Film producer and former Student Nonviolent Coordinating Committee (SNCC) activist Judy Richardson was grew up in Tarrytown, N.Y. She attended Swarthmore College on a full, four-year scholarship, and later attended Columbia University, Howard University, and Antioch College.
Richardson joined the Swarthmore Political Action Committee (SPAC), a Students for a Democratic Society affiliate, before joining the SNCC. She has worked closely with civil rights activists Gloria Richardson, Reggie Robinson, James Forman, Ruby Doris Smith-Robinson, and Julian Bond, among others. In 1965, Richardson became office manager for Julian Bond’s successful first campaign for the Georgia House of Representatives; she also organized a northern Freedom School to bring together young activists from SNCC’s Southern projects and Northern support offices.
In 1968, Richardson and other former SNCC staffers founded Drum and Spear Bookstore in Washington, D.C., which became the largest black bookstore in the country. Richardson served as the children’s editor of Drum and Spear Press, and wrote an essay on racism in black children’s books, which was published by Howard University’s Journal of Negro Education.
In 1978, Richardson began working with Henry Hampton and Blackside Productions on an early version of what would become the Eyes On The Prize series. Production for the Academy Award-nominated, six-hour PBS series began in 1986, during which time she acted as researcher and content advisor. For Eyes On The Prize II, the subsequent eight-hour series, Richardson served as associate producer.
Beginning in 1982, Richardson was director of information for the United Church of Christ Commission for Racial Justice, participating in its protests against police brutality in New York City, and its bus caravans to the Alabama Black Belt to counter the Reagan Administration’s intimidation of elderly African American voters. Richardson later co-produced Blackside’s 1994 Emmy and Peabody Award-winning documentary, Malcolm X: Make It Plain (for PBS’s The American Experience).
As a senior producer for Northern Light Productions in Boston, Richardson has produced historical documentaries for broadcast and museums, with a focus on African American historical events, including a one-hour documentary on the 1968 Orangeburg Massacre(S.C.) for PBS, two History Channel documentaries on slavery and slave resistance, and installations for, among others, the National Park Service’s Little Rock Nine Visitor’s Center, the National Underground Railroad Freedom Center (Cincinnati), the New York State Historical Society’s “Slavery in New York” exhibit, and the Paul Laurence Dunbar House (Dayton).
Richardson and five other SNCC women, edited Hands on the Freedom Plow: Personal Accounts By Women in SNCC. The anthology, published by University of Illinois Press, includes the courageous stories of over fifty SNCC women. It was the Press’ best-selling title in 2011 and was issued in paperback in August 2012. Richardson received an Image Award for Vision and Excellence from Women in Film and Video. She lectures, writes, and conducts professional development workshops for teachers about the history and values of the Civil Rights Movement and their relevance to current issues. Richardson was awarded an honorary doctorate by Swarthmore College and became a visiting professor at Brown University in the fall of 2012.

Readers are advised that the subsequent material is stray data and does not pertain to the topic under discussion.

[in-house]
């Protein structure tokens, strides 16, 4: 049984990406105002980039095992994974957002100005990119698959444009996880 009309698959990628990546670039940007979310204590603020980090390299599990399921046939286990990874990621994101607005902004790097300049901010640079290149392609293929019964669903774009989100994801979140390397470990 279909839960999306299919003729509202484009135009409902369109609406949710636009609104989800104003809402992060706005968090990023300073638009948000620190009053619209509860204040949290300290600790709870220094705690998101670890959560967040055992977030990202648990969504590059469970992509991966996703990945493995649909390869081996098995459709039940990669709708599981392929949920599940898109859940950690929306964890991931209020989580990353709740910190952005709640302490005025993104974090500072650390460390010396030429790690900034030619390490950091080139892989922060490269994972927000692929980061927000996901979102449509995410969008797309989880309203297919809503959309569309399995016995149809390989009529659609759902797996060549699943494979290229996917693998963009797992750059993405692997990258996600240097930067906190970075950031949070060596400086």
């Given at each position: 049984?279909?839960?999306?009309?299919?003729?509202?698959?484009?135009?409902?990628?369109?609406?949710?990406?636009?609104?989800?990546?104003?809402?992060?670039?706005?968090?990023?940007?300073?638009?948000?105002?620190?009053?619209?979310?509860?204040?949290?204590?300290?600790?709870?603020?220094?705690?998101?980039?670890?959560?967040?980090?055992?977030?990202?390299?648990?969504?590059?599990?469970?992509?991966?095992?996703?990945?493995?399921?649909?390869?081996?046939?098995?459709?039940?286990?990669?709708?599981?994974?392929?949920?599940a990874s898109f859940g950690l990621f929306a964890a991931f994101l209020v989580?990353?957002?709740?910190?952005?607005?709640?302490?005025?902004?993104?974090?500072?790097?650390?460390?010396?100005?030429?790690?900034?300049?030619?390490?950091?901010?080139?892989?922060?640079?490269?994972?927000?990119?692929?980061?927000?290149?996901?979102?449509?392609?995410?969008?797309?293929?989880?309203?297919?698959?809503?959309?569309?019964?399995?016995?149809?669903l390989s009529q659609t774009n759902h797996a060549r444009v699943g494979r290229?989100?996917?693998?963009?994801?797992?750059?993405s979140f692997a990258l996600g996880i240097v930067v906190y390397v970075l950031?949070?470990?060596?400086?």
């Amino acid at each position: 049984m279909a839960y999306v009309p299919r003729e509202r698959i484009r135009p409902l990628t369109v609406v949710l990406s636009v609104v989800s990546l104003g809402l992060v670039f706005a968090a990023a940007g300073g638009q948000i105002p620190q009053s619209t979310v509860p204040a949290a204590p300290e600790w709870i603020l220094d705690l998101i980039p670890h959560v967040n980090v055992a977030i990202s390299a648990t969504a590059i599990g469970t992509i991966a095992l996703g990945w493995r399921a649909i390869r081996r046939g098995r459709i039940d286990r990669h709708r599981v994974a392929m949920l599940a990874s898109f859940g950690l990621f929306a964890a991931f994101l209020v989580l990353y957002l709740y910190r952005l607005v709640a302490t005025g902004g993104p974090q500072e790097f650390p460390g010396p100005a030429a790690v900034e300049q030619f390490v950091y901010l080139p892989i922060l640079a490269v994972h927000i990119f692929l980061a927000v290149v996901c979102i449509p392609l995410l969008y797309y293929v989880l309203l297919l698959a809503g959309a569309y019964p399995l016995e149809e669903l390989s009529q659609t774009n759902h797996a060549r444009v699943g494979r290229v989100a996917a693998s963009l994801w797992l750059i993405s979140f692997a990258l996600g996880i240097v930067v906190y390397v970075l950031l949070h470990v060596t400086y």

Betty Garman Robinson
Betty Garman Robinson grew up in Pleasantville, N.Y., and is a long time community organizer. While attending Skidmore College, she became involved with the National Student Association (NSA), an organization of student body leaders, before joining Students for a Democratic Society (SDS).
Robinson attended graduate school at UC Berkeley, and continued to be involved with SDS. After hearing stories about escalating tensions in the South, she formed an organization in Berkeley to support the Southern Movement, and as a result came in contact with Student Nonviolent Coordinating Committee (SNCC) organizer Jim Forman and SNCC staff member Casey Hayden. Robinson then attended the November 1963 SNCC Conference at Howard University, and joined the SNCC the following spring. She worked with the SNCC from 1964-66 as a member of the SNCC staff in both Mississippi and the national office in Atlanta, Georgia.
In the 1970’s Robinson moved to Baltimore to do factory and union organizing, which led her to a career in public health. She started with occupational health research and ended as the director of an HIV/AIDS study clinic. In 1997 she returned to community organizing as the Lead Organizer for Citizens Planning and Housing Association (CPHA). In 2003, Robinson was awarded an Open Society Institute Community Fellowship to connect Baltimore organizers across issues and constituencies and to popularize the history of organizing in Baltimore. She is a strong supporter of grassroots organizing groups in Baltimore, working closely with the Baltimore Algebra Project, the United Workers and is co-facilitator of the Ella Baker Grassroots Organizing Learning Circle.
Robinson is a co-editor of the book, Hands on the Freedom Plow: Personal Accounts of Women in SNCC, published in 2010 by the University of Illinois Press.
Dorothy M. Zellner
Activist Dorothy M. Zellner was a staff member of the Student Nonviolent Coordinating Committee (SNCC) from 1962 to 1967 and spent Freedom Summer, 1964, in Greenwood, Mississippi. After twenty years in the South, she returned to New York and worked for the Center for Constitutional Rights and the City University of New York Law School. She has appeared in many books and television programs and was featured in TNT’s “Century of Women.” Zellner is currently a consultant in New York City. She is also a member of Jews Say No.
Zellner is a co-editor of the book, Hands on the Freedom Plow: Personal Accounts of Women in SNCC, published in 2010 by the University of Illinois Press.